AF: Where are you originally from?
AC: I am half Swedish and half American. I grew up in Atlanta, GA and spent most summers of my childhood in the Swedish archipelago outside Stockholm.
AF: How did you end up in New York?
AC: It’s New York! This city is magnetic and like so many artists before me, I was drawn to its charms.
For a more specific answer though, I first moved here in 2002 after graduating from The School of The Art Institute of Chicago. In 2003 I moved to London for a year and half, then returned in 2004. I love NYC and have been here ever since.
AF: You work a lot in the film industry. How does that affect your painting?
AC: It’s so odd when I joined SAG and started acting back in 2007; I viewed the work only as a side gig to bring in extra money and a way to qualify for affordable health insurance. I never anticipated how much fun it would turn out to be or how over time I would be influenced by the industry.
Since I started acting I have been in over fifty movies and over twenty TV shows. All these hours on set have been such an amazing experience and now I am not surprised at all to discover the parallels between the set and the studio. Since I started acting my paintings have become much more narrative in nature. I now often use dramatic lighting to emphasize the story or heighten a sense of mystery in an image.
Working as an actor is very imaginative and creative, even when I have a small part or I’m an extra or a stand in, I am still thinking visually and surrounded by fantastically interesting and creative individuals. In fact one of my most recent paintings, Galina, is a portrait of an actress I became friends when we met on set years ago while filming Gossip Girl.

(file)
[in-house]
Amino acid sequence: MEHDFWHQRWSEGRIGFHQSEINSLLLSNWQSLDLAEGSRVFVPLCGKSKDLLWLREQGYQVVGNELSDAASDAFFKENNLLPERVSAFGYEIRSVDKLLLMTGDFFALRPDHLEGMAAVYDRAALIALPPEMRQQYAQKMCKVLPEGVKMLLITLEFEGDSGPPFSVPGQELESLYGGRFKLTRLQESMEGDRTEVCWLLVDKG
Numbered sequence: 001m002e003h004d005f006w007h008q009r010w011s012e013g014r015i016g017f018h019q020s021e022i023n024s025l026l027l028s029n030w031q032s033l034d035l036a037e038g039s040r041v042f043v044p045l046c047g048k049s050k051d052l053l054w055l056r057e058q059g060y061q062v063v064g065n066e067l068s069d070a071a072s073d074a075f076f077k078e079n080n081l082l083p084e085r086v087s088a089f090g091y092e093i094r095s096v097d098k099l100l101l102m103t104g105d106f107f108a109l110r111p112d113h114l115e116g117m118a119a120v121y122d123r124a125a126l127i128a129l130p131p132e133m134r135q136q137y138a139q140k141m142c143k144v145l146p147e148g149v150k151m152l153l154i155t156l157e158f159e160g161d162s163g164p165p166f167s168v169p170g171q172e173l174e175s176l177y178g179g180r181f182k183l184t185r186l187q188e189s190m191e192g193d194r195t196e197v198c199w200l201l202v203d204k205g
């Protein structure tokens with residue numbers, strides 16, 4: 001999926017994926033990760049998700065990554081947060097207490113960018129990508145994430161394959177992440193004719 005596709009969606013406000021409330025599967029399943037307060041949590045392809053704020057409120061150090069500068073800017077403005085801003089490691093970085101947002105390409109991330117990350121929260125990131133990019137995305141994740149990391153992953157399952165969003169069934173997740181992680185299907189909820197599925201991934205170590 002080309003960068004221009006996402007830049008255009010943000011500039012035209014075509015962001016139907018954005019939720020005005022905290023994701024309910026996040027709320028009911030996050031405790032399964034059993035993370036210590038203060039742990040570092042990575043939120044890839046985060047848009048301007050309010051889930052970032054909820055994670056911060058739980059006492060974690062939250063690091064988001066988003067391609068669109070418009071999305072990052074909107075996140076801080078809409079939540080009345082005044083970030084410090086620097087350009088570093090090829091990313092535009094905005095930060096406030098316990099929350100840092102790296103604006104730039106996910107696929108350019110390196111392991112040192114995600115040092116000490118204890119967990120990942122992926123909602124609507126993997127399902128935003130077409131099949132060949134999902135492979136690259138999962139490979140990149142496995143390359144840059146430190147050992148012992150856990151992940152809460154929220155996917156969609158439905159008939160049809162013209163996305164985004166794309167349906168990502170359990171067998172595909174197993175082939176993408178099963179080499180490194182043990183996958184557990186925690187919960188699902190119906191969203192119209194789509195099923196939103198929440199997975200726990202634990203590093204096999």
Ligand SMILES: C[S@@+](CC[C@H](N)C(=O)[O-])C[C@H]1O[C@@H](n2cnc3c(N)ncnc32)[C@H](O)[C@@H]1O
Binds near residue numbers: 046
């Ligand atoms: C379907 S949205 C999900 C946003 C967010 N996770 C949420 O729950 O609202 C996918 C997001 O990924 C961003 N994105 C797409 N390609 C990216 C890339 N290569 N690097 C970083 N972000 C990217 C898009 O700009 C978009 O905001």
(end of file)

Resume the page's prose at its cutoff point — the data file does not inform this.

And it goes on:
AF: How do you arrive at something that you ultimately want to paint?
AC: Mahatma Gandhi said “The only tyrant I accept in this world is the still small voice within me.” I hear that quote and relate to it, but I also shake my head thinking that small voice of mine is so demanding!
In all aspects of my life I like to push myself. I enjoy challenges, I am ambitious, and I bring this attitude to the studio. That said, the one aspect of my process which is always easy and always painless is answering the question of what to paint. Certain images will pull my eye and I feel I have to paint them.
I try and listen to that impulse and not get lost in my head with asking why or for what purpose. With painting many of my best decisions come when I stop analyzing everything and just respond intuitively, so I have learned to trust this and to draw in the direction my heart guides me.
AF: Who are some of your influences?
AC: My work is nostalgic, romantic, decadent, and vibrant, so I have found influence from people and ideas in the past who have embraced these sentiments too. The life of the characters in an F. Scott Fitzgerald book, Whistler’s portraits, the patterns in a Vuillard, Klimt’s trees, Yves Klein’s blue, the Fragonard room at the Frick, Pre-Raphaelite paintings and poetry, Tiffany stained glass, and Mucha’s prints are just a few of the many sources of inspiration which have shaped my aesthetic.
AF: Any exhibitions or projects coming up?